Subject(s)
Attitude of Health Personnel , COVID-19/epidemiology , Family Practice/organization & administration , Practice Patterns, Physicians'/statistics & numerical data , Adult , Aged , COVID-19/psychology , COVID-19/transmission , Family Practice/education , Family Practice/statistics & numerical data , Female , Humans , Italy/epidemiology , Male , Middle Aged , Pandemics , Personal Protective Equipment , Prospective Studies , SARS-CoV-2 , Telemedicine
16.
J Am Board Fam Med ; 34(Suppl): S217-S221, 2021 Feb.
Article in English | MEDLINE | ID: covidwho-1099985

ABSTRACT

The University of Colorado family medicine residency watched along with the rest of the nation as the first cases of COVID-19 were being reported in the United States in March 2020. Concern grew as epidemiological models began to predict alarming hospital bed shortages for the state. Massive scheduling adjustments were needed as faculty and residents found themselves in groups at high risk for severe COVID-19 and residents found themselves dismissed from nonessential learning experiences in an effort to conserve personal protective equipment and limit exposures. A dedicated surge team was formed to tackle these issues while continuing to support our goals of maximizing patient safety, resident education, and physician wellness. The surge team created a plan that was implemented in 2 main phases. Phase 1 assumed business as usual with increased layers of backup for both residents and faculty. Phase 2 redistributed unassigned residents and inpatient faculty to increase capacity for adult medicine and COVID-19 patients on our essential services. Lessons learned from these surge efforts may help inform similar decisions being made by other residency programs presently and in the future.


Subject(s)
COVID-19/therapy , Capacity Building , Family Practice/education , Internship and Residency/organization & administration , COVID-19/epidemiology , Colorado/epidemiology , Humans , Interdisciplinary Communication , Pandemics , Personnel Staffing and Scheduling/organization & administration , SARS-CoV-2
18.
Afr J Prim Health Care Fam Med ; 12(1): e1-e3, 2020 Jun 03.
Article in English | MEDLINE | ID: covidwho-1089008

ABSTRACT

The novel coronavirus disease 2019 (COVID-19) pandemic has disrupted many lives worldwide. Training programmes in academic institutions have also been affected by the pandemic. Teaching and learning family medicine and public health medicine in the COVID-19 era require adjustments to training activities. At the University of Botswana, the pandemic presented an opportunity to steer training programmes in the Department of Family Medicine and Public Health Medicine more towards service-learning. The department collaborated with the Ministry of Health and Wellness as well as the District Health Management teams in the national response to the pandemic as essential service providers. The increased demands for service provision were balanced with educational opportunities for trainees during the COVID-19 public health emergency. Including structured ongoing reflections for trainees involved in the COVID-19 response helps to connect service and the academic curriculum.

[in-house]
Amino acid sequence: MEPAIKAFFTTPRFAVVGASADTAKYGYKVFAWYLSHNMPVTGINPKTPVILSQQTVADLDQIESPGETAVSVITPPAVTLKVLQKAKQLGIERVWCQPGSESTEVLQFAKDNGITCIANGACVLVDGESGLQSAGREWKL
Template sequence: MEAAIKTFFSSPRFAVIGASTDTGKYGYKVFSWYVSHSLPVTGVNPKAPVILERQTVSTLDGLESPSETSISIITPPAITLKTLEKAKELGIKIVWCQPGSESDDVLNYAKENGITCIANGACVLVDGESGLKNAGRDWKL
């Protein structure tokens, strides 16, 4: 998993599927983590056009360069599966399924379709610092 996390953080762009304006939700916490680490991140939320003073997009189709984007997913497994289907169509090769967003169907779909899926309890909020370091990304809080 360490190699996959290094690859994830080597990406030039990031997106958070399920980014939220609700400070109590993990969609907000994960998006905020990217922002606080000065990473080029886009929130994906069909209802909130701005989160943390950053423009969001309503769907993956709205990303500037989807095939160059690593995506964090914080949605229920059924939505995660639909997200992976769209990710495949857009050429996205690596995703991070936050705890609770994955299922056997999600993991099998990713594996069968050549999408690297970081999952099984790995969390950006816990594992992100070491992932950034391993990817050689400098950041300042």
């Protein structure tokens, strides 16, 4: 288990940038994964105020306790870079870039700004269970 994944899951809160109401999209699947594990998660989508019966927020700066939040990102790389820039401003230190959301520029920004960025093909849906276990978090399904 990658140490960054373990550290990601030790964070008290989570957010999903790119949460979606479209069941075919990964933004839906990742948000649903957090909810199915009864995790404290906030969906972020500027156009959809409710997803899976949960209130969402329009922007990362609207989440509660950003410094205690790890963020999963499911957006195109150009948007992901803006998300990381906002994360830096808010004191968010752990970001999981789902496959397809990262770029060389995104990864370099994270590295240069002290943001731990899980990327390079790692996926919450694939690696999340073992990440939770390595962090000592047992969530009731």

Subject(s)
Coronavirus Infections/epidemiology , Family Practice/education , Pandemics , Pneumonia, Viral/epidemiology , Public Health/education , Botswana/epidemiology , COVID-19 , Curriculum , Humans , Universities/organization & administration
19.
Afr J Prim Health Care Fam Med ; 12(1): e1-e3, 2020 Nov 06.
Article in English | MEDLINE | ID: covidwho-1073606

ABSTRACT

The health-service redesign that came with the preparation for the surge of COVID-19 had a potential of disrupting the Family Medicine internship programme like it did to many other health and academic programmes. A team of Cape-Town based Community Health Centre (CHC) doctors mitigated this challenge by designing an innovative tool that facilitated ongoing supervision of the interns in order to achieve the outcomes of the Health Professions Council of South Africa (HPCSA).


Subject(s)
Community Health Centers , Coronavirus Infections , Counseling , Family Practice/education , Internship and Residency , Pandemics , Pneumonia, Viral , Preceptorship , Betacoronavirus , COVID-19 , Coronavirus Infections/epidemiology , Coronavirus Infections/therapy , Coronavirus Infections/virology , Health Personnel , Humans , Physicians , Pneumonia, Viral/epidemiology , Pneumonia, Viral/therapy , Pneumonia, Viral/virology , SARS-CoV-2 , South Africa
20.
Afr J Prim Health Care Fam Med ; 12(1): e1-e4, 2020 Jun 09.
Article in English | MEDLINE | ID: covidwho-1073592

ABSTRACT

Ten family physicians and family medicine registrars in a South African semi-rural training complex reflected on the coronavirus disease 2019 (COVID-19) crisis during their quarterly training complex meeting. The crisis has become the disruptor that is placing pressure on the traditional roles of the family physician. The importance of preventative and promotive care in a community-oriented approach, being a capacity builder and leading the health team as a consultant have assumed new meanings.


Subject(s)
Betacoronavirus , Coronavirus Infections/therapy , Family Practice/organization & administration , Pneumonia, Viral/therapy , Practice Patterns, Physicians'/organization & administration , Primary Health Care/organization & administration , Attitude of Health Personnel , COVID-19 , Capacity Building/organization & administration , Clinical Competence , Family Practice/education , Humans , Pandemics , Physicians, Family/organization & administration , SARS-CoV-2 , South Africa